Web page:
wastewater treatment facility 

You make hundreds of decisions each day. For instance, keep this or throw it away? Recycle bin or trash can? Flush or not to flush? What? Of course, you’re going to flush.

But, many times, without thinking it through, people flush items down the toilet that can cause problems for their home’s plumbing, their local wastewater systems or, in some cases, even their future drinking water. But hey, who wants to think about it, right?

The unfortunate answer is that toilets definitely should not be treated as trash cans. There are many items which should not be flushed because they can cause serious problems in your home and further down the line.

One of these “unflushables” are baby wipes. Baby wipes or prepackaged moist wipes, which some manufacturers previously called flushable are among the items that should not be discarded in commodes.

Municipal Sewer and Water Magazine has this note on the wipes: “Clogs in sewer lines caused by those not-so-flushable wipes are a huge headache for municipalities. Now one company – under an agreement with the Federal Trade Commission – has agreed to stop advertising moist toilet tissue as ‘flushable.’ Will regulating the marketing claims made by producers be enough to curtail the problem?”

According to the National Association of Clean Water Agencies, wipes and other products that do not break down easily cause many problems for municipal sewer systems and cost cities a great deal of money that must then be passed down to consumers through their water and sewer bills. “Utilities are spending millions of dollars to respond to overflows, clean these products out of their pumps and other equipment, and to replace equipment that should have had more useful years of service.”

Donald Malovets, regional maintenance superintendent for the Brazos River Authority, said wipes should not be flushed because they are “not biodegradable. This can cause massive buildup and create clogs in manholes and lift stations that bring waste to the wastewater plant for treatment,” Malovets said. “They come together, clog the pumps and cannot pass through which causes inefficient pumping and vibration to the pumps that can lead to damage. This can lead to extensive labor and repair costs when staff have to go in and manually remove the clogs. Increased maintenance and pump equipment replacement costs could result in higher sewer rates for customers.”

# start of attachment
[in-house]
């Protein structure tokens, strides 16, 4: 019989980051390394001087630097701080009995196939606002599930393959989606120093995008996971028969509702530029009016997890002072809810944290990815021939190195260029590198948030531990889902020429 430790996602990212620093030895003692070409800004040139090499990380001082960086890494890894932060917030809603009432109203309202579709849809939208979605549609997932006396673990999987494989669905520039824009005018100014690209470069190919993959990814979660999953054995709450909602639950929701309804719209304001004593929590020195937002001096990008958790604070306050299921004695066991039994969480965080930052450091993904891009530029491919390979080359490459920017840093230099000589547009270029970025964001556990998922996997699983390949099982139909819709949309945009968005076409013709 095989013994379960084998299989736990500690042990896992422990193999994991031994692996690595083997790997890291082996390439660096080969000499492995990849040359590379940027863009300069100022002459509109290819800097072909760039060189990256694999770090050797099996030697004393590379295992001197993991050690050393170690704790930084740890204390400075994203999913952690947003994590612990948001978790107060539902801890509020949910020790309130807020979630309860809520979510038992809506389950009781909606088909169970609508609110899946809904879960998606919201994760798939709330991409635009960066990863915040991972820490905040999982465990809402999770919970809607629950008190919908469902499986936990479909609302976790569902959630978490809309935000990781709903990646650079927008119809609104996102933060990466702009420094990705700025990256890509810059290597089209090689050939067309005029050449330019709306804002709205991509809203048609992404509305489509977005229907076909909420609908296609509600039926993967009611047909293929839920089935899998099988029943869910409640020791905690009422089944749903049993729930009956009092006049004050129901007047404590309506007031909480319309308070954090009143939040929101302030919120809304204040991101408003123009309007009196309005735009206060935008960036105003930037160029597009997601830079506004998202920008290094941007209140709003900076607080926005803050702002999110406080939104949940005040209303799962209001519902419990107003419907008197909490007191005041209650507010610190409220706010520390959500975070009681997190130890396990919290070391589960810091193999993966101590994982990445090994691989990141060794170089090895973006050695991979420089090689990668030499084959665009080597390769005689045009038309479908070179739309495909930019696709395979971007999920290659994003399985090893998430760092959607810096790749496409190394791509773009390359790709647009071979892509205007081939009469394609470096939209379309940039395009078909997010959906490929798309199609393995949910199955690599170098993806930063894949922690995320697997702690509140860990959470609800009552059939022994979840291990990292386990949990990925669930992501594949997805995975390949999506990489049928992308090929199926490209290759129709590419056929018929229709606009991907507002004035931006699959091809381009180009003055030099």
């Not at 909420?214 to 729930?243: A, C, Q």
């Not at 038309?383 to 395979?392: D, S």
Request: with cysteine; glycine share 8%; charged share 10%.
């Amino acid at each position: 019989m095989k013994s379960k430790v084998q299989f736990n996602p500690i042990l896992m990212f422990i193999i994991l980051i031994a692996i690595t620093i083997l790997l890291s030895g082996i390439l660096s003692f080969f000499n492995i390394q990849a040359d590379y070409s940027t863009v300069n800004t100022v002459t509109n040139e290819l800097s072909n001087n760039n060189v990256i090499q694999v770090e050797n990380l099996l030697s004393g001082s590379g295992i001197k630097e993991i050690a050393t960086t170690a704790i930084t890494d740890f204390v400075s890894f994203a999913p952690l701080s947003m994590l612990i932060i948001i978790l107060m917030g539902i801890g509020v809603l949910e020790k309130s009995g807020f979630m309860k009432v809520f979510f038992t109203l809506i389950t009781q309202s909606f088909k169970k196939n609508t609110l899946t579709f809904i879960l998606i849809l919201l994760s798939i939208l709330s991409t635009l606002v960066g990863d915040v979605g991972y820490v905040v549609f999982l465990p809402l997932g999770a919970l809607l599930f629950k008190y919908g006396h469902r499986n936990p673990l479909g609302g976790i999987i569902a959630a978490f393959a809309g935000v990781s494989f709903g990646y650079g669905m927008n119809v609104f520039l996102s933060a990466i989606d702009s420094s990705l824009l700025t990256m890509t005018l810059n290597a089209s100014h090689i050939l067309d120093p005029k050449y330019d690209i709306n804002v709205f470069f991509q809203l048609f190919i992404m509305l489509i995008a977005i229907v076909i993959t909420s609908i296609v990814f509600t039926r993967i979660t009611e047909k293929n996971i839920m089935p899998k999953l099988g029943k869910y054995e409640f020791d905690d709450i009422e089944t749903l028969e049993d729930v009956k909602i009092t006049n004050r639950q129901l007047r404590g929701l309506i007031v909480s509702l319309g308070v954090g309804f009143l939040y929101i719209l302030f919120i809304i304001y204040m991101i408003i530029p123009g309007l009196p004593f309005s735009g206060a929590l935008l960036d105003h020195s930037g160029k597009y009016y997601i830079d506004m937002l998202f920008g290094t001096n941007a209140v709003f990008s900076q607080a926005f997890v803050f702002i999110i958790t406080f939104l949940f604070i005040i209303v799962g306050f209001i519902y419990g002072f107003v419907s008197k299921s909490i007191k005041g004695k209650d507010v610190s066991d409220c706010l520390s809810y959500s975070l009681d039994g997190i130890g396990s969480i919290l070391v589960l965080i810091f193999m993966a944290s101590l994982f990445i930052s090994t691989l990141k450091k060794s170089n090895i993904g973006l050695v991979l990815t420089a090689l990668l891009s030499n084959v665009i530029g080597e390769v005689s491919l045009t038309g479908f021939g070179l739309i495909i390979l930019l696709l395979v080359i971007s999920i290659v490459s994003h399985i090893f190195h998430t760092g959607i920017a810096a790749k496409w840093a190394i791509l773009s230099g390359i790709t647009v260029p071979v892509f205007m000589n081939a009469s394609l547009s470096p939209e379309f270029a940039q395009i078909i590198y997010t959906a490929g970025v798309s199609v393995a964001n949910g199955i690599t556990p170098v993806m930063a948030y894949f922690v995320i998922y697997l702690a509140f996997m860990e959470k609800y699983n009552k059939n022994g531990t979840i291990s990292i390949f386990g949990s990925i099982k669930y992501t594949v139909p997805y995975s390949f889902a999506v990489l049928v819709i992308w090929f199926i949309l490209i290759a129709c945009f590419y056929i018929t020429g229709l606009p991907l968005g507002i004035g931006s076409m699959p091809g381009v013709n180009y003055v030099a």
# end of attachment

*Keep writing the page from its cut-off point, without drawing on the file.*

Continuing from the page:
Trash can also interfere with the water purification processes at local waste treatment plants. Wastewater treatment is a complex procedure that mixes natural processes with modern technology. Because of that, many have screening systems to filter sewage before treatment. However, soluble contaminates are not as easily removed.

Toilets or other drains should not be used to dispose of household hazardous waste, such as cleaners, auto fluids, and many types of oil. Sewage systems are designed to treat organic matter and can’t handle hazardous waste. These items can actually destroy the natural processes used to clean water at wastewater treatment plants, causing the plants to temporarily shut down while they restart the process.

Pills falling out of a bottle

While water treatment plants can remove some chemicals, at this time wastewater systems are not designed to remove pharmaceuticals. 

Pharmaceuticals enter the water cycle through a variety of sources.  Often when drugs are ingested by humans but are not completely absorbed into their system, excess amounts are passed through the body with urine.  Pharmaceuticals have also been known to enter the water cycle through incorrect disposal of byproducts produced during the pharmaceutical manufacturing process.

But what most people don’t realize is that water contamination made by improper disposal of old or unneeded drugs at homes or medical facilities is probably the easiest to change. 

The best way to reduce the amount of chemicals in our water is at their source.   Federal officials encourage people with unwanted or leftover drugs to avoid flushing or throwing them away. Instead everyone should take advantage of local drug take back. 

Saturday, September 26, 2015 is National Take Back Day. From 10 a.m. – 2 p.m., local law enforcement agencies will accept old, unwanted or expired prescription and over the counter medicine at hundreds of locations across the Brazos River basin and the state. To find a location near you, go here and type in your zip code for the locations nearest you.